2.         I learned that those who loved us would accommodate us. It wasn’t long before my in-laws asked us what location would be best for our family, and when. They show us every year how much they love us, by making sure our holidays stay as simple as possible, while still getting to be with family.

As individuals, it’s hard to accept large changes in routine because it feels like a self-sacrifice that you aren’t ready to part with. But as a parent, it’s what you do to help your child. Think about what the accommodation means to your child and what you are giving you child. Here is what you are doing when you accommodate your child during the holiday season and beyond:

1.         You are creating joyful memories. – Instead of stressful car trips and uncomfortable sleep environments, you are creating an ambiance of fun and joy. It is something they will feel and remember every time the holidays come around.

2.         You are teaching them self-care and how to advocate for their needs. If you make accommodations for them, as they grow, and if they can communicate their needs, they will know just how to advocate for themselves when you aren’t able to be there to do it, whether it be at school, in an adult care facility, or just with another parent or family member.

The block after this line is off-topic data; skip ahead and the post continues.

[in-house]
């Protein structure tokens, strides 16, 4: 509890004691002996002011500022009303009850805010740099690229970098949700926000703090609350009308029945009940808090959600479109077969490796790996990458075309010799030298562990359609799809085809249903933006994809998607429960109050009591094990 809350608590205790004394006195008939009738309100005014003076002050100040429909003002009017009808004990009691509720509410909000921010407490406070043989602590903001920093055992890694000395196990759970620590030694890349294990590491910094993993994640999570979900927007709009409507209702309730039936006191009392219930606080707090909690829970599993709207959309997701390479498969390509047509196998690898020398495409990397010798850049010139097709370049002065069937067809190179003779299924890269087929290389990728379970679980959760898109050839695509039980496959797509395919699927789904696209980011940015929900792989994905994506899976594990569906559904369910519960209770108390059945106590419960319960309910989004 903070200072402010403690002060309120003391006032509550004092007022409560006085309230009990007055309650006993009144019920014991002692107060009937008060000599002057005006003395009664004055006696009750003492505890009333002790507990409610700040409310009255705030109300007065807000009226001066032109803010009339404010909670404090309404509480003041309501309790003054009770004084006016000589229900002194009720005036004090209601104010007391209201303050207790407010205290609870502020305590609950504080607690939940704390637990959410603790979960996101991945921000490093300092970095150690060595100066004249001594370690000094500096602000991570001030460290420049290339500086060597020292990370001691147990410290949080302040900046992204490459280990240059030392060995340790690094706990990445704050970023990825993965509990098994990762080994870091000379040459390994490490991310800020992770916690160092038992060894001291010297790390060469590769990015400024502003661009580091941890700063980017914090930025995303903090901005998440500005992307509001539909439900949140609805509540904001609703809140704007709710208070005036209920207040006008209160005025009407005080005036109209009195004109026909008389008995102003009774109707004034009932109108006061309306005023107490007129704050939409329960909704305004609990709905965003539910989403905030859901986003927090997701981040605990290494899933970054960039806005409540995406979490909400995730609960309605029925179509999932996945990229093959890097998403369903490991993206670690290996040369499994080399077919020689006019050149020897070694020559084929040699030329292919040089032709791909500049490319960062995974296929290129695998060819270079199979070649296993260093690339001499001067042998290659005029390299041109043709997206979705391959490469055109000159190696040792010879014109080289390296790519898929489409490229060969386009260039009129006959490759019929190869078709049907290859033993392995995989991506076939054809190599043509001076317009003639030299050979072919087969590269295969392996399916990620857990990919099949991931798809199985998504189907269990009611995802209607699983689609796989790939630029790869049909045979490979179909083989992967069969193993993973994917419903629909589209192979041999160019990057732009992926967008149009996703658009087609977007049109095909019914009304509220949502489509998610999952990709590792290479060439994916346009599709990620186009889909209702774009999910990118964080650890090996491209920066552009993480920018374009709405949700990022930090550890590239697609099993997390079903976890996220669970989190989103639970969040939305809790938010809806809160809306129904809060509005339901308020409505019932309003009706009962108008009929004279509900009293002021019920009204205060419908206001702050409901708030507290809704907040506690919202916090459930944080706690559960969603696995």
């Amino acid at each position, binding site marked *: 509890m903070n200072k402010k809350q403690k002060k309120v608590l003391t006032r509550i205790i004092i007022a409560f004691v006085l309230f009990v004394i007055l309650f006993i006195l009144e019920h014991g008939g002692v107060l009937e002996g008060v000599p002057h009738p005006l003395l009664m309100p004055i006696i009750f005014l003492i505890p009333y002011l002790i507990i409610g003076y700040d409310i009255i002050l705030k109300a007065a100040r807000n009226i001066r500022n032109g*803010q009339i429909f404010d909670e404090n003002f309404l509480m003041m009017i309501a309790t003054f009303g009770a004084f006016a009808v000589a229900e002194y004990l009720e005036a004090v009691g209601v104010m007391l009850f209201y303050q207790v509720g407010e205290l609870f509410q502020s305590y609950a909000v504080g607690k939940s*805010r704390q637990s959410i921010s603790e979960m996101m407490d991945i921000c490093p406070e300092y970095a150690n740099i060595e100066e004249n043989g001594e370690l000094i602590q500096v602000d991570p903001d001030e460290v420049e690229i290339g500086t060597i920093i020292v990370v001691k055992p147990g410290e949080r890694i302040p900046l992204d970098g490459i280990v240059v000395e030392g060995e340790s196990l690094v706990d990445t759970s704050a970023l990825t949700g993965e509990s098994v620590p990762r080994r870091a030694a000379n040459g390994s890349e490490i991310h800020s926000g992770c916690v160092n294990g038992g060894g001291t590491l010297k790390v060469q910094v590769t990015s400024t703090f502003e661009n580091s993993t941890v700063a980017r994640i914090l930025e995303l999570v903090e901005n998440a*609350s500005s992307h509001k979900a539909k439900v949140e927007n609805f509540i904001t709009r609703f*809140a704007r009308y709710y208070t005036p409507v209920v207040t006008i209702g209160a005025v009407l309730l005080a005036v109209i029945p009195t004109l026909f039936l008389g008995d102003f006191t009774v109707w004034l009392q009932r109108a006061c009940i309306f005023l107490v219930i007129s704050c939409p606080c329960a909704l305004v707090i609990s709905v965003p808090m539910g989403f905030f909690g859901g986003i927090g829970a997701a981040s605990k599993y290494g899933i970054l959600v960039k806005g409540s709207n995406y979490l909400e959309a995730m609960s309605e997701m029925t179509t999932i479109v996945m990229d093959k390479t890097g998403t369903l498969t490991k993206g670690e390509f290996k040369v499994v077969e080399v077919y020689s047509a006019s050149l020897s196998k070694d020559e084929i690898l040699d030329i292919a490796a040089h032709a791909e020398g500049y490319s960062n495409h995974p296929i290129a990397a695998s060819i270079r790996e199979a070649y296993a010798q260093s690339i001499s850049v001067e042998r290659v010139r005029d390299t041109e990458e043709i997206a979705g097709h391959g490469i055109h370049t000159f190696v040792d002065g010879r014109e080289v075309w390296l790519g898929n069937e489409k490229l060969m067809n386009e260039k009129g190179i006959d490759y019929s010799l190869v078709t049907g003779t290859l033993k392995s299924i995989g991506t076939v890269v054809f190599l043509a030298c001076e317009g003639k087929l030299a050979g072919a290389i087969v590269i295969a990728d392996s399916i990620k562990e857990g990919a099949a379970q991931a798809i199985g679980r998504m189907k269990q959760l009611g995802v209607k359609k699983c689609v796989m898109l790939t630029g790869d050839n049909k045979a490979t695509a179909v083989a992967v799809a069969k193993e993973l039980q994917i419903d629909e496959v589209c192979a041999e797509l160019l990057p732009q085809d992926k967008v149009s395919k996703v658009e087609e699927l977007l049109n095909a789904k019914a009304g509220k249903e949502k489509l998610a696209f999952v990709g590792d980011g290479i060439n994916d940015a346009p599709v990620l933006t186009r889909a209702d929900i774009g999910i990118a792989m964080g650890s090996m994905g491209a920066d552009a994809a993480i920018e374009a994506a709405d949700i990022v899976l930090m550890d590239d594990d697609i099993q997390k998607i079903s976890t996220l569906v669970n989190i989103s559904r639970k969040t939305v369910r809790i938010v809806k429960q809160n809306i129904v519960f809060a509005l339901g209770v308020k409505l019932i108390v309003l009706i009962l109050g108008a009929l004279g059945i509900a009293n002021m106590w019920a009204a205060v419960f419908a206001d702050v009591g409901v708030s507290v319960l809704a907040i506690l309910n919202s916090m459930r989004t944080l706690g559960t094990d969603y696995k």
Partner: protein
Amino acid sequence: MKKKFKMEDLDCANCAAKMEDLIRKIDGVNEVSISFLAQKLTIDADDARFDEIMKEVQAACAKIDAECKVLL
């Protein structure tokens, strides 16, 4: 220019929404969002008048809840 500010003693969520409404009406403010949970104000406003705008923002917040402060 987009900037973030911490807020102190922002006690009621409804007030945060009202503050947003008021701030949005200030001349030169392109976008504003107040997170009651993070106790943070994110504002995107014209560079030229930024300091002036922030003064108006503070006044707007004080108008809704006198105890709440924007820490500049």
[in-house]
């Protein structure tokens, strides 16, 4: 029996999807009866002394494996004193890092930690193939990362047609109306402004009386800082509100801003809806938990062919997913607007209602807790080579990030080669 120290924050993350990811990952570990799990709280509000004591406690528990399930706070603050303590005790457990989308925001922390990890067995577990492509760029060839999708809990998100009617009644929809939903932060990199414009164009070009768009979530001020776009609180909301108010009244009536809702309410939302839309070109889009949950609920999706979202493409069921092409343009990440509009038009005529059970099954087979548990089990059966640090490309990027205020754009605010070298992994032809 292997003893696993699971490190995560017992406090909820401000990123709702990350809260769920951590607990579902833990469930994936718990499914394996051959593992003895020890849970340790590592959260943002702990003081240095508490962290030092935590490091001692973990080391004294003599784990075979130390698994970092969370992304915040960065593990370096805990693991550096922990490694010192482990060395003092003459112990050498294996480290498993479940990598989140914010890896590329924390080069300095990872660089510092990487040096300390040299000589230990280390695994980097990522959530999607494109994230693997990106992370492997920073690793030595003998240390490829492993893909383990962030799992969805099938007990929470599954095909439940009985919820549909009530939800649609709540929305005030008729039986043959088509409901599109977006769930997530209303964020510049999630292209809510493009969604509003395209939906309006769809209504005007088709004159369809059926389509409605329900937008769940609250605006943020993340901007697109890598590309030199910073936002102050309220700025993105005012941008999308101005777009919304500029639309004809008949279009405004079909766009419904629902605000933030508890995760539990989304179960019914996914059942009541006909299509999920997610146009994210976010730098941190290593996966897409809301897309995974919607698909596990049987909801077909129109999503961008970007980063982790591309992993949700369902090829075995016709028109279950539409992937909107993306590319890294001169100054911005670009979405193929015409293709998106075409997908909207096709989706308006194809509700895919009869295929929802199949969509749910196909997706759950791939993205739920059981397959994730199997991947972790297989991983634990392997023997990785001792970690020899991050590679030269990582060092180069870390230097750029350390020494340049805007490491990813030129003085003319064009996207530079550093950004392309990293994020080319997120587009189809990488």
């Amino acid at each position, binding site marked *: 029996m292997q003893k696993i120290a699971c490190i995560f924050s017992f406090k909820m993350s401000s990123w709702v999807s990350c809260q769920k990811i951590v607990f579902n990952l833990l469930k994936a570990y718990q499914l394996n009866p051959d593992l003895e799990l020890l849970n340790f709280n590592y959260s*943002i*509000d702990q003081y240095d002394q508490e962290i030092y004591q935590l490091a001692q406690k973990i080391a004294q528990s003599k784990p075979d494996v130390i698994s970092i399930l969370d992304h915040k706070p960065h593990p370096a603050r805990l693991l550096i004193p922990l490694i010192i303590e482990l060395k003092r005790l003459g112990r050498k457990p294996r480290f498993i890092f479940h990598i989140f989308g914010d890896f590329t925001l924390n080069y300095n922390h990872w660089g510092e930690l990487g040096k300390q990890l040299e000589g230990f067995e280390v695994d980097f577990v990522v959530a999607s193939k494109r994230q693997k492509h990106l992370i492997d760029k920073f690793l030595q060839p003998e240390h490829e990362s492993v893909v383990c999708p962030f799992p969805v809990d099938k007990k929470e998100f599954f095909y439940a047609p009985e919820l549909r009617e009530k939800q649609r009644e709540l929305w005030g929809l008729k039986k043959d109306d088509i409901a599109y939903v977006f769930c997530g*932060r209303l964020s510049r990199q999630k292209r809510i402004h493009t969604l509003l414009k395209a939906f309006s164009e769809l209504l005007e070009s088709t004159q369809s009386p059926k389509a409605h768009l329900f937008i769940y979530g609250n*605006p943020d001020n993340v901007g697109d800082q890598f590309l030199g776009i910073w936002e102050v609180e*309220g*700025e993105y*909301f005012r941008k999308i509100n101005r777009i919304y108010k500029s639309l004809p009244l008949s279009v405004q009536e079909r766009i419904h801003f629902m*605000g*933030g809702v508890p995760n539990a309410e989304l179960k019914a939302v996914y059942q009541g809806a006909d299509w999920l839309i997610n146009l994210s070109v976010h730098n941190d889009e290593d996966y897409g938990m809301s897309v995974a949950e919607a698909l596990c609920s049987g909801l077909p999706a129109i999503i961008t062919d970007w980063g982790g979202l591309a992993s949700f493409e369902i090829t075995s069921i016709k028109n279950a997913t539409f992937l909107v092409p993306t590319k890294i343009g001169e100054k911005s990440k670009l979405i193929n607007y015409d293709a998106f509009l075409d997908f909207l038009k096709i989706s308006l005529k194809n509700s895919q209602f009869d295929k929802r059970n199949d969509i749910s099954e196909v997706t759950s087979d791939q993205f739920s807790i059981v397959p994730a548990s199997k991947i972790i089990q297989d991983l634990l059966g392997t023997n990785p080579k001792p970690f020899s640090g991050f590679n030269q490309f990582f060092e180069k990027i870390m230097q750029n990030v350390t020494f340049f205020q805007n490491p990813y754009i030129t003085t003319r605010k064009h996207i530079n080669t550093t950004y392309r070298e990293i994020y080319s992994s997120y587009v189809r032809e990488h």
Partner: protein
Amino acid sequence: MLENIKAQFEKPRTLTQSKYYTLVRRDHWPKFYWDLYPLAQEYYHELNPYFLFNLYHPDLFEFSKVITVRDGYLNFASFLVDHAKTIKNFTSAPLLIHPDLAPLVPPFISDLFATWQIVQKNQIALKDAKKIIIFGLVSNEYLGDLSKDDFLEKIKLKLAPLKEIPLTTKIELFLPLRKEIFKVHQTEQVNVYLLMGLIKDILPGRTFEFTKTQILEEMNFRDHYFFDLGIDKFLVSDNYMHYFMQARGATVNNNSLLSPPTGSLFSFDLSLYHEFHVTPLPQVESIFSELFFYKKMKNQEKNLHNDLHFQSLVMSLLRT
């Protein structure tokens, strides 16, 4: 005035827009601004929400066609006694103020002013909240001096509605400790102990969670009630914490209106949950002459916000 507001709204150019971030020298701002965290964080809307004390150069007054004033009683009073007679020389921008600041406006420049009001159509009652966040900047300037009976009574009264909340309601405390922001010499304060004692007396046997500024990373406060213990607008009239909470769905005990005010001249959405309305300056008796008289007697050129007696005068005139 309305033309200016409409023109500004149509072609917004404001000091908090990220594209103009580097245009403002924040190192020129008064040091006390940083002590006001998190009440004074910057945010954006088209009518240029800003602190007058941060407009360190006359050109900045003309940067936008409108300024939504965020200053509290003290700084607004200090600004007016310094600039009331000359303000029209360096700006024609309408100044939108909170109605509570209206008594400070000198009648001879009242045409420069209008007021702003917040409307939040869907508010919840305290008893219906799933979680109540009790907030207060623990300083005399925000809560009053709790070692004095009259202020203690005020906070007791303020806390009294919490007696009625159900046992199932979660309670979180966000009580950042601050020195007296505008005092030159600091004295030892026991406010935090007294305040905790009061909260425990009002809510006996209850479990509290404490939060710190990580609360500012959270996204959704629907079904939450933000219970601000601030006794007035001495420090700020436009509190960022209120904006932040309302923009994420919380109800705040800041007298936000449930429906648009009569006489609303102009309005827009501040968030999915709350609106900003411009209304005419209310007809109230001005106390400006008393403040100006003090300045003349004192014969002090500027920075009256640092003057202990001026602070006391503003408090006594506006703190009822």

3.         You are showing them that your love is unconditional. There is no greater way to show a child you love them, than by doing things for them without an expectation of anything in return. It is unbelievably hard to put our own needs aside, but it is sometimes necessary to prioritize what is most important in life. And with our families, with kids with disabilities, it’s keeping things simple and stress-free.

4.         You are bringing peace and happiness to a soul that otherwise might not be able to find it for themselves. You have made the ultimate sacrifice to raise a child, even when they don’t have high support needs. But, when a child has high support needs, they need a constant advocate, and you will know you are doing it right, when your child is happy. When you do that, they will be eternally grateful, even if they can’t communicate it to you directly. They will show it to you in the ways that they can. You will just know. 

So, when the holidays or other events or excursions come around and you have to set limits, just remember: those that love you will accommodate you, and you are doing a wonderful job at taking care of your family and protecting your child, their needs, and your own peace of mind. The joy that your children will feel looking back will be immense, because you gave that to them. Happy Holidays and a peaceful new year!   


Corey Briskey, MPH is a mom of two wonderful children, one of which is medically complex and has disabilities. Corey is a writer, blogger, and a neurodiversity-affirming advocate for children with disabilities and their families. Corey has written a memoir, not yet published, centered around raising a child with disabilities, among the crushing pressures of society. She has a Master’s degree in public health from the University of Buffalo and a bachelor’s degree in psychology from The College at Brockport.

You can follow Corey on Instagram (@coreybriskey) or view her website and subscribe to her blog at